If you would like to find out more about your duties under the Equality Act 2010, the Council for Disabled Children, have produced a booklet specific to early years settings that you might find useful:

Disabled Children and Equality Act for Early Years

How to access DAF funding

The early years provider is ultimately responsible for identifying with parents if their child is eligible. This should be conducted in a sensitive way. You may have already considered how you can make parents aware of the DAF, for example through your website, newsletters or admission process.

For a child to be eligible for the funding they must be in receipt of DLA. You should check with parents/carers to confirm if a child is in receipt of DLA and request a copy of the award letter as evidence so you can claim this funding. You will need to keep a copy of the evidence for your records.

If a family is unaware if they are eligible for DLA they can speak to Trafford Early Development Service (TEDS), SEN Advisory Service (SENAS) or Trafford Sensory Impairment Support Service (Teacher of the Deaf and/or Qualified Teacher of Vision Impairment) for advice if their child is known to one of these services. Alternatively Contact.org.uk offer advice for families of children with additional needs, including advice about claiming DLA.

This following guide explains to providers how to check and record if a child is entitled to Disability Access Funding using Trafford’s Early Years Portal:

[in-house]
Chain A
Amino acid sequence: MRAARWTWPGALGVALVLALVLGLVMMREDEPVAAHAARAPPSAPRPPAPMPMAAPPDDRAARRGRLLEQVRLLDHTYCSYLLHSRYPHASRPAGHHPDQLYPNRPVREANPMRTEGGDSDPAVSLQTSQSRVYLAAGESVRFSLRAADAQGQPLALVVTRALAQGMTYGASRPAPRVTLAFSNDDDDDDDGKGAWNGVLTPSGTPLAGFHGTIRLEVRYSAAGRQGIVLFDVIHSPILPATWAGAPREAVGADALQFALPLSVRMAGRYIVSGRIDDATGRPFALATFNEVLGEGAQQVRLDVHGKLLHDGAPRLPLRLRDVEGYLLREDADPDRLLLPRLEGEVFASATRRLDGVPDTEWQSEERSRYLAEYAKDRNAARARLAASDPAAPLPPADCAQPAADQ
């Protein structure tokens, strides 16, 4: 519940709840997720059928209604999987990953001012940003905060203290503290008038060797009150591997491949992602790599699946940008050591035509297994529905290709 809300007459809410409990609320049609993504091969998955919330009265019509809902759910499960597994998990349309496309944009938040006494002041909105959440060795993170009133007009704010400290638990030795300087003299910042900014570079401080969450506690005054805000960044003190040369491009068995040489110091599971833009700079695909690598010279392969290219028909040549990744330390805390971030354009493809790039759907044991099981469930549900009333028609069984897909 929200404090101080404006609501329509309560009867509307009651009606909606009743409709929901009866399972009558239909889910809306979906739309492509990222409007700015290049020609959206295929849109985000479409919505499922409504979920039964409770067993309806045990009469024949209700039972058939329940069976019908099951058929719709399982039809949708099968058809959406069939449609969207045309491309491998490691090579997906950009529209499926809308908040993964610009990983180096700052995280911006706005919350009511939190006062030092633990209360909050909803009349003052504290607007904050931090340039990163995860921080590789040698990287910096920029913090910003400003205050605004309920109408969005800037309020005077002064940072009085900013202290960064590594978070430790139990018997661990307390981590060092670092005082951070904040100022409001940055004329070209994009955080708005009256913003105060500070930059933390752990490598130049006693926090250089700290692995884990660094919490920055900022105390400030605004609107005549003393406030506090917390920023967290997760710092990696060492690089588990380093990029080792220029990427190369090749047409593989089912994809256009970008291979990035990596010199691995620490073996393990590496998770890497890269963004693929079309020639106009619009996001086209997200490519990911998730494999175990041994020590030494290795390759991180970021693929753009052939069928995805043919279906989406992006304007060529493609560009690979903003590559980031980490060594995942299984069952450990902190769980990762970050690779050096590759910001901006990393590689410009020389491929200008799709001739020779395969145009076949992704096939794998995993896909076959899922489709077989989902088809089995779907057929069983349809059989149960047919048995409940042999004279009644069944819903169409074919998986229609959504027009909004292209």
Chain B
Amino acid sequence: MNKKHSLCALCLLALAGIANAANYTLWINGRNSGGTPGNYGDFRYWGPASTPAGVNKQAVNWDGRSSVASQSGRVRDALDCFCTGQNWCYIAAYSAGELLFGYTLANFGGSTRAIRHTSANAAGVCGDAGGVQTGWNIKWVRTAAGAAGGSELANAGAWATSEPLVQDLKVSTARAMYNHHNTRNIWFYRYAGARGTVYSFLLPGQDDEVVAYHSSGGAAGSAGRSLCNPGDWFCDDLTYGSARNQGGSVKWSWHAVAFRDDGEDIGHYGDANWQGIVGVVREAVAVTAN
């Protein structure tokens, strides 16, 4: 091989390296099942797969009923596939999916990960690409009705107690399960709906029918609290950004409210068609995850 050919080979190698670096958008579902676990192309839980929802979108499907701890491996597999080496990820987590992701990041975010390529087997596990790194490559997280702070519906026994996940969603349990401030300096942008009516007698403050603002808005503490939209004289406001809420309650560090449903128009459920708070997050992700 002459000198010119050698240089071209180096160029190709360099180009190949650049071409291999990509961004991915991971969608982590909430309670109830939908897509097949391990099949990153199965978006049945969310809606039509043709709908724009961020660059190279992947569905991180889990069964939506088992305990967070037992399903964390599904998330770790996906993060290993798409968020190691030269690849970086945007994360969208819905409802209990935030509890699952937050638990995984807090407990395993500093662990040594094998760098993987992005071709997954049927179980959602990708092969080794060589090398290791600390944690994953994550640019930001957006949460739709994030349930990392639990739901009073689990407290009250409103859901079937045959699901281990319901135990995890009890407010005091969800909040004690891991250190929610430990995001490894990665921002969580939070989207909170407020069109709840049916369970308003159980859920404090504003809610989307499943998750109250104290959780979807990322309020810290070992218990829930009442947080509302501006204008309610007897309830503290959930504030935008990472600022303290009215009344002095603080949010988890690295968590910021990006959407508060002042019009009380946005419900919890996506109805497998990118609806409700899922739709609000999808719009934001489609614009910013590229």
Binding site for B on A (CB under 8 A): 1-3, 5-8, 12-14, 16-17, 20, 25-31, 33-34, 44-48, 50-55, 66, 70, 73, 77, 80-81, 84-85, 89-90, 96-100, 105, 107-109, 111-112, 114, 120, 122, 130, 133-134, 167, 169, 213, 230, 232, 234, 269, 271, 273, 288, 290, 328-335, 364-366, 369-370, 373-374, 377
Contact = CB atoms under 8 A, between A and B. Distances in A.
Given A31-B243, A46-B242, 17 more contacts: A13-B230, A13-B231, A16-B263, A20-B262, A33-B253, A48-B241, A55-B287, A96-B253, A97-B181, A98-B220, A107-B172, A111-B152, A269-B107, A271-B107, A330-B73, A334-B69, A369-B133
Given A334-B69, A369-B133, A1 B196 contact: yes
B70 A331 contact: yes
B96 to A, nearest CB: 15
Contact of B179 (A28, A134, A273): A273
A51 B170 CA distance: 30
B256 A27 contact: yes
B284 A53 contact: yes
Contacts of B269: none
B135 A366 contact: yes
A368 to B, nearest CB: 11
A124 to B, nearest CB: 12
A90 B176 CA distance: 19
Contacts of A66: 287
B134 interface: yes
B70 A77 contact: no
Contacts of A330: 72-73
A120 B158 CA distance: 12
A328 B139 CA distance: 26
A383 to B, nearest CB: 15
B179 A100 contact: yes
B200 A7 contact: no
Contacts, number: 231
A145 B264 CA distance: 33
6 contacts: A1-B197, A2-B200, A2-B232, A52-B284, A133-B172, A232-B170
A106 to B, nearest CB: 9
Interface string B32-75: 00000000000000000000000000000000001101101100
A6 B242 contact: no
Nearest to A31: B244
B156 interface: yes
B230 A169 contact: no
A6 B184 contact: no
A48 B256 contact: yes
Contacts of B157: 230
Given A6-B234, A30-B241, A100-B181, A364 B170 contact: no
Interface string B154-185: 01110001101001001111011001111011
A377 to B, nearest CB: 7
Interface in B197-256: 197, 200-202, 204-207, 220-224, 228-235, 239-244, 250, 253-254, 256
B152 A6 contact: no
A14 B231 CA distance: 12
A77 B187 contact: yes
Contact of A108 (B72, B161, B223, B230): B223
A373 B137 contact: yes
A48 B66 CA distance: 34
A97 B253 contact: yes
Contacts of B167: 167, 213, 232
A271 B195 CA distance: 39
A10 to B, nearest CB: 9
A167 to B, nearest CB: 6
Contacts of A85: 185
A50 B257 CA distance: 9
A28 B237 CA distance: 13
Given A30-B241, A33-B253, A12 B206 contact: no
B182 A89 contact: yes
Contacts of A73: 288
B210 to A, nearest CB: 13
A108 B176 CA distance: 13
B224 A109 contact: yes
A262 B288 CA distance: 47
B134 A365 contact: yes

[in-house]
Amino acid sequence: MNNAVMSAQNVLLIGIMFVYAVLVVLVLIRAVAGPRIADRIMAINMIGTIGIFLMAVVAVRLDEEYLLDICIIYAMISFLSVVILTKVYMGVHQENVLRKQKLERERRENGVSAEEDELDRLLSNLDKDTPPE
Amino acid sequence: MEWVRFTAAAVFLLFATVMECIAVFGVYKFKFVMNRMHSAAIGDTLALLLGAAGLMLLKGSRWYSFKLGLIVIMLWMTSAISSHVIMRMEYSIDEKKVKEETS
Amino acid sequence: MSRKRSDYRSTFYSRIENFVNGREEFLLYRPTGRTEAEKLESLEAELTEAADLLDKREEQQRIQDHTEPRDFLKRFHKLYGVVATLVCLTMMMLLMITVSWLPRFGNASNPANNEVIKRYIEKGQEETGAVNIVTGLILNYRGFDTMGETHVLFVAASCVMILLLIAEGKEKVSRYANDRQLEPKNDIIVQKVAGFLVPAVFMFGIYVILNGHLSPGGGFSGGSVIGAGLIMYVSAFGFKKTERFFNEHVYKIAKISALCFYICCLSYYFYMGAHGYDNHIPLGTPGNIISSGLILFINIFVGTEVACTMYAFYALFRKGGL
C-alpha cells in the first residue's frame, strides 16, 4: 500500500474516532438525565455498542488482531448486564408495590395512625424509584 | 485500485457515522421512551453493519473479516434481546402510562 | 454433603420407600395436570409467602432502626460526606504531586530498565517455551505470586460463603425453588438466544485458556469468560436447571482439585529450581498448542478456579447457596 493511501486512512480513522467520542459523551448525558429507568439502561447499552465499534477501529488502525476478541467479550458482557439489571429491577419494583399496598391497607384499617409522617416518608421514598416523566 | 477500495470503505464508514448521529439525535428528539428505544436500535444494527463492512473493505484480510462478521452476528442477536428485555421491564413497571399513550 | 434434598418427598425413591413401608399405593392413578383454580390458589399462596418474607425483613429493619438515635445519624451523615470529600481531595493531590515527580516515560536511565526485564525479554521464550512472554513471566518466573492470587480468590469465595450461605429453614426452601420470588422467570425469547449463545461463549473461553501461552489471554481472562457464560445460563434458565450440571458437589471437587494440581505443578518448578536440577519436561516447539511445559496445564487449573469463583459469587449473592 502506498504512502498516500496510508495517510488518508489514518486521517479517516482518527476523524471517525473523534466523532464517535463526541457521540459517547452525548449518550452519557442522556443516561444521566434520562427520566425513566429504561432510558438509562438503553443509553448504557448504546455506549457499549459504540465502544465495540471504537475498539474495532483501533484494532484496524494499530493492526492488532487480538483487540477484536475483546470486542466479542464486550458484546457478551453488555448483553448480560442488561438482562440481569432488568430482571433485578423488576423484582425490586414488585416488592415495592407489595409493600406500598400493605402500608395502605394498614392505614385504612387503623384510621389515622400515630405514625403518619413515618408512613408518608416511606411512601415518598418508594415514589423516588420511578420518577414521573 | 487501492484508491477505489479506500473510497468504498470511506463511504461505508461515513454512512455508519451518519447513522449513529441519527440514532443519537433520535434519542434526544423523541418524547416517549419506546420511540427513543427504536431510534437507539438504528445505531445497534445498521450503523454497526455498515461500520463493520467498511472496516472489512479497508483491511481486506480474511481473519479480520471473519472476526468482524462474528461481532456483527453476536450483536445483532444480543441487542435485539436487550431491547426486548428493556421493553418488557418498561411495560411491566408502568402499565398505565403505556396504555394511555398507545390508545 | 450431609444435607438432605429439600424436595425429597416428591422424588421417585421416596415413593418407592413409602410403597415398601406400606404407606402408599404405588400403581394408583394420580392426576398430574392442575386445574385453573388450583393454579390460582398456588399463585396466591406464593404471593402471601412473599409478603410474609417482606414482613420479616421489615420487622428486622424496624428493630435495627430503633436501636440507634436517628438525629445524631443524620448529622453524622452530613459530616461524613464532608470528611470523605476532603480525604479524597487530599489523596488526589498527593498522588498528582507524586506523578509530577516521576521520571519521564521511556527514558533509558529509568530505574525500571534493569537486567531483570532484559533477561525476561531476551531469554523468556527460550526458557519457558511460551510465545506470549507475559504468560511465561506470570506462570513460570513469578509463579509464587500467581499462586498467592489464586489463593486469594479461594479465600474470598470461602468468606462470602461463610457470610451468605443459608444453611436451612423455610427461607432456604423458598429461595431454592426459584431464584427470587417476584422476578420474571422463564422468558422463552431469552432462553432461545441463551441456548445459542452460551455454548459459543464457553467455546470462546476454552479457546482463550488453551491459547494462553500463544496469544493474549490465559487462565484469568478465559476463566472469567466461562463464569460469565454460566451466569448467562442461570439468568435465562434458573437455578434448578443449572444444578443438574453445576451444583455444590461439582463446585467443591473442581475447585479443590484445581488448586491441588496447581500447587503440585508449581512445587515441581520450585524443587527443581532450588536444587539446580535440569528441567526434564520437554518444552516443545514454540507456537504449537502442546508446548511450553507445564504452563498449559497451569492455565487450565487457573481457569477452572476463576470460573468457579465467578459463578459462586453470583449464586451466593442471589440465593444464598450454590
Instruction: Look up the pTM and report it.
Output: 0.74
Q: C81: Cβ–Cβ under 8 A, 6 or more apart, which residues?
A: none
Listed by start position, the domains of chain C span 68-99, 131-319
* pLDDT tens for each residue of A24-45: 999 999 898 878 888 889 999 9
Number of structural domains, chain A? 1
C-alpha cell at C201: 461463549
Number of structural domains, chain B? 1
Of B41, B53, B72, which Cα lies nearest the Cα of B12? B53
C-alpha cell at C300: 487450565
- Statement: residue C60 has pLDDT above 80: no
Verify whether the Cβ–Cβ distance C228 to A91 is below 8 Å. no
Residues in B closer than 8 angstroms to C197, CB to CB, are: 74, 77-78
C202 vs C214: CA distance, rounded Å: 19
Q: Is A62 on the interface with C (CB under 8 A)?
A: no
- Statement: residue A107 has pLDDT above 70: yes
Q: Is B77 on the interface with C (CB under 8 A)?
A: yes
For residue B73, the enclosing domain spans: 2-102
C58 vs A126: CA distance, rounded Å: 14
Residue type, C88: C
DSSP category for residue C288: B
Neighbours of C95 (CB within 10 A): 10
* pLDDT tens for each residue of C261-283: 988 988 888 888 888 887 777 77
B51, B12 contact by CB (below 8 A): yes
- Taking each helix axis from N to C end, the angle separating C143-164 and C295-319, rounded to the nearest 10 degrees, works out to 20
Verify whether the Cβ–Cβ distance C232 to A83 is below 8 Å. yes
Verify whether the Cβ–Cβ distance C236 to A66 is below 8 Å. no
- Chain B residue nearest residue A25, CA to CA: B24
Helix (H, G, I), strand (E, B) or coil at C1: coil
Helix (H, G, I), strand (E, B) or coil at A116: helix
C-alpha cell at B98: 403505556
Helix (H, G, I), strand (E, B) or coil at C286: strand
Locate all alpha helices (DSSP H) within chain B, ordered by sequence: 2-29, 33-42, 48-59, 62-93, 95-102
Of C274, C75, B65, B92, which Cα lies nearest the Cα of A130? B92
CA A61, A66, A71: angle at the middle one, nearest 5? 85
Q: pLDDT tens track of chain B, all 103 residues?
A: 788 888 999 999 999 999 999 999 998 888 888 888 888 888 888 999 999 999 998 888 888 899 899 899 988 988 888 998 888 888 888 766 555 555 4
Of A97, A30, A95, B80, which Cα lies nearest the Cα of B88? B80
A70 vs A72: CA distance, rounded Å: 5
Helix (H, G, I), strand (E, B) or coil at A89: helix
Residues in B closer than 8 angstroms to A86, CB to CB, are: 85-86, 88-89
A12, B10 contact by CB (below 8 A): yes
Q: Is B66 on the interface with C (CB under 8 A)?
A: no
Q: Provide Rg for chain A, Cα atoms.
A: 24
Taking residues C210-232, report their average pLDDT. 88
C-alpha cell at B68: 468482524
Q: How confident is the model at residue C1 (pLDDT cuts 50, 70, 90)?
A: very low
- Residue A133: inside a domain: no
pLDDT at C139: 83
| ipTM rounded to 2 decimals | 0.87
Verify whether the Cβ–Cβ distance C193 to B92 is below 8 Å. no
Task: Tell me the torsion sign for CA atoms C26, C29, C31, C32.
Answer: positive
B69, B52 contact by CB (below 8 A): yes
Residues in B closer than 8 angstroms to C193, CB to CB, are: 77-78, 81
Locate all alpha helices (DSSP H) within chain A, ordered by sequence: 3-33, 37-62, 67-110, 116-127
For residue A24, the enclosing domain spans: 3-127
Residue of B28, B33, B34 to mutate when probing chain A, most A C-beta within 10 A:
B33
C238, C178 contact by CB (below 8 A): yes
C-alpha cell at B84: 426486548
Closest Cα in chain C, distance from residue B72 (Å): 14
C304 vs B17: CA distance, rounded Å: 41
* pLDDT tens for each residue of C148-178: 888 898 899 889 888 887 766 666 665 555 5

Early Years Portal - User Guide: EYPP and DAF checks

If you have any queries please email the Early Education Team and they will make sure an appropriate person is assigned to support you: early.education@trafford.gov.uk

How can the funding be used to support children with SEND?

DAF funding can be used in a number of ways, however, it is the responsibility of the early years provider to identify what adjustments might be required to support a child to attend the setting. It is important to stress that the funding cannot be used to provide 1:1 support for a child. If you feel that a child needs support beyond that which DAF can provide, then you may consider completing an application for funding to the Early Years SEND Panel. It would be advised that this is done in consultation with parents and other professionals or services involved with the child.

If you would like more information about this, here is the link to the Trafford Early Years SEND Funding page.